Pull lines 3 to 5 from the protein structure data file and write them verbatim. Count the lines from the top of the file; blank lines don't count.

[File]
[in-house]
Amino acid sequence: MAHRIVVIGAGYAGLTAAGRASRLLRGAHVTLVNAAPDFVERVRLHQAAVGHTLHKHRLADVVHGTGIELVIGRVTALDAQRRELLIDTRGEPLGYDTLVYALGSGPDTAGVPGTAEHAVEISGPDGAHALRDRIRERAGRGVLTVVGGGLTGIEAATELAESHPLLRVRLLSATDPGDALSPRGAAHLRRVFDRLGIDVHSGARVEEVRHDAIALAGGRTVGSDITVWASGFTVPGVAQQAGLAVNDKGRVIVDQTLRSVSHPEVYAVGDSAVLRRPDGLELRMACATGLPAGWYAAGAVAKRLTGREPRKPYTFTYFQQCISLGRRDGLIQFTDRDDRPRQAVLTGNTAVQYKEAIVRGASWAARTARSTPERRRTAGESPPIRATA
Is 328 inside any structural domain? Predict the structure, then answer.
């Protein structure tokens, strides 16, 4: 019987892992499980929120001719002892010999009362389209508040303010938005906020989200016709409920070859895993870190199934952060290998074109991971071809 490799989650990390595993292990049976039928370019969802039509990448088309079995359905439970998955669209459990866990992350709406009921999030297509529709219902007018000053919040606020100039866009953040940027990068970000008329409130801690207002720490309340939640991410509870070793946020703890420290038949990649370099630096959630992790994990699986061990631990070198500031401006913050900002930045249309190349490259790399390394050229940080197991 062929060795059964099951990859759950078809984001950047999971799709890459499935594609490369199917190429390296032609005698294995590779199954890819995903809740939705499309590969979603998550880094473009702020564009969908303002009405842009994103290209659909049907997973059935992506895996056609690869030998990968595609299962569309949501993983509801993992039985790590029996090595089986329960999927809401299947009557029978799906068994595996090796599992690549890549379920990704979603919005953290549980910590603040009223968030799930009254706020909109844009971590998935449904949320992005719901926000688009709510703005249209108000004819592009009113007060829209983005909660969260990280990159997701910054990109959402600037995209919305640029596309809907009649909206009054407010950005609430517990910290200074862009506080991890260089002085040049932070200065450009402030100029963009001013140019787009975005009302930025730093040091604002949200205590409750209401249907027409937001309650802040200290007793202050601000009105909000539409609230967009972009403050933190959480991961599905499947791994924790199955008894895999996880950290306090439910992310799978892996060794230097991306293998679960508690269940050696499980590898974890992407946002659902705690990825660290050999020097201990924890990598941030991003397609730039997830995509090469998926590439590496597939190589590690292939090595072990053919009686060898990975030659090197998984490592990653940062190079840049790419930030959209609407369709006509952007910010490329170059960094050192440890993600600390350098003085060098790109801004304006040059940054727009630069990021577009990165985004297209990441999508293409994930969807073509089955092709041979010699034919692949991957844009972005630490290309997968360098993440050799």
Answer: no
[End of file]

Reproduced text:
Is 328 inside any structural domain? Predict the structure, then answer.
């Protein structure tokens, strides 16, 4: 019987892992499980929120001719002892010999009362389209508040303010938005906020989200016709409920070859895993870190199934952060290998074109991971071809 490799989650990390595993292990049976039928370019969802039509990448088309079995359905439970998955669209459990866990992350709406009921999030297509529709219902007018000053919040606020100039866009953040940027990068970000008329409130801690207002720490309340939640991410509870070793946020703890420290038949990649370099630096959630992790994990699986061990631990070198500031401006913050900002930045249309190349490259790399390394050229940080197991 062929060795059964099951990859759950078809984001950047999971799709890459499935594609490369199917190429390296032609005698294995590779199954890819995903809740939705499309590969979603998550880094473009702020564009969908303002009405842009994103290209659909049907997973059935992506895996056609690869030998990968595609299962569309949501993983509801993992039985790590029996090595089986329960999927809401299947009557029978799906068994595996090796599992690549890549379920990704979603919005953290549980910590603040009223968030799930009254706020909109844009971590998935449904949320992005719901926000688009709510703005249209108000004819592009009113007060829209983005909660969260990280990159997701910054990109959402600037995209919305640029596309809907009649909206009054407010950005609430517990910290200074862009506080991890260089002085040049932070200065450009402030100029963009001013140019787009975005009302930025730093040091604002949200205590409750209401249907027409937001309650802040200290007793202050601000009105909000539409609230967009972009403050933190959480991961599905499947791994924790199955008894895999996880950290306090439910992310799978892996060794230097991306293998679960508690269940050696499980590898974890992407946002659902705690990825660290050999020097201990924890990598941030991003397609730039997830995509090469998926590439590496597939190589590690292939090595072990053919009686060898990975030659090197998984490592990653940062190079840049790419930030959209609407369709006509952007910010490329170059960094050192440890993600600390350098003085060098790109801004304006040059940054727009630069990021577009990165985004297209990441999508293409994930969807073509089955092709041979010699034919692949991957844009972005630490290309997968360098993440050799």
Answer: no